LONDON – It has emerged over the weekend that Thomas Cook may sell the airline division of the group in order to raise cash following significant losses last year.
This has ultimately sent the group’s shares 12% higher as a result, which could suggest that a significant buyer is on the cards.
The group said that the heatwaves across Northern Europe removed a portion of booking, especially on last minute deals, meaning that up to two profit warnings had to be sent out as a result.
The Thomas Cook Group is valued at around £540 million but holds net debts of £1.6 billion.
This has meant the group stating that it will consider any options for the entirety of its airline division.
Peter Fankhauser, who is the Group CEO of Thomas Cook Group spoke to Reuters about the airline division itself.
“Thomas Cook doesn’t need to own an airline outright to be a successful holiday company,”
He added that a review into the sale of the airline division is happening at this moment in time and that the group will retain links to the carrier if a sale was to take place or not.
Whoever takes over the airline division will have access to the subsidiaries in the division, such as Condor in Germany and mainline Thomas Cook across Britain, Scandinavia and Spain alike.
The potential buyer will also have access to 103 aircraft from airports including Gatwick, Stansted, Manchester, Frankfurt and Munich alike.
The airline is quite a lucrative part of the airline division, especially as it posted an increase of operating profits in 2018 by 37% alone.
Fankhauser also said that the review was brought up at the Annual General Meeting with the outcome not known for another couple of months at least.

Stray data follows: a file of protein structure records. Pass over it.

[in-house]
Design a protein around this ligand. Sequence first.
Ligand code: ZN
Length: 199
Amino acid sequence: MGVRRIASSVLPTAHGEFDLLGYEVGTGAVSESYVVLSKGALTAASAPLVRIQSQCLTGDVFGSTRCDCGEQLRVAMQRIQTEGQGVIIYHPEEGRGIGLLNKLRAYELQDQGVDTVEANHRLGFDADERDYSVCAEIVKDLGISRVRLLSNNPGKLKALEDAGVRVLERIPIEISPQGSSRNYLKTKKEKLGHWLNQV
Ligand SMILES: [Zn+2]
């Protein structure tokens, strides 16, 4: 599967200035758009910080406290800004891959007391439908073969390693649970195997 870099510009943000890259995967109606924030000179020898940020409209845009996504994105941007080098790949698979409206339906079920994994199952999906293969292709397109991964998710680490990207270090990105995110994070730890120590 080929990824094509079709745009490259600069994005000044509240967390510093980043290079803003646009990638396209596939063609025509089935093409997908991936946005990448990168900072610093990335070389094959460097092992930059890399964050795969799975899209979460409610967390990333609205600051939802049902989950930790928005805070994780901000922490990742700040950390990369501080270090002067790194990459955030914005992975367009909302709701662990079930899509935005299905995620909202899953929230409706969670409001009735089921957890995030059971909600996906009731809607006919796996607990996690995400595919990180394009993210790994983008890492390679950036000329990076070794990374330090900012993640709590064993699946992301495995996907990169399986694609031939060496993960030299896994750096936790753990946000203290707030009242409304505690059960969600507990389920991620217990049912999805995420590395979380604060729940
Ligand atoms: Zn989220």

Market analysts are showing concern over this move and some are showing positivity.
It could be suggested that easyJet, Lufthansa, IAG or Ryanair could place an interest in the airline division, with Credit Suisse valuing the airline between £1.8 billion to £3.2 billion.
Other analysts are looking to recent bankruptcies across the European aviation industry.
2019 has already seen carriers such as Germania go under, and the fact that the Thomas Cook Airline Division has 103 aircraft, it could be suggested that carriers may go for the slots instead of the aircraft, putting at risk the lives of the aircraft into storage or returned to lessors etc.
In terms of outlook for the airline itself, it is not looking particularly good.
Tour operator bookings decreased by 12% for the Summer 2019 schedule, with consumer uncertainty such as the likes of BREXIT had hit confidence in the market.
Underlying losses for operations in the fourth quarter of 2018 expanded to £60 million from £3 million, but said that bank covenant tests have been met in order to continue such operations.
It will ultimately be interesting to see what direction the Group takes and who the potential buyers could be.
Although Ryanair has been listed as a potential buyer, they may not focus on this sale as it has been busy dealing with the expansion of LaudaMotion, something it is now taking full stake in.
For IAG, it could be a hot contender, given the dropped interest in Norwegian, with Lufthansa and easyJet alike fighting over other carriers too.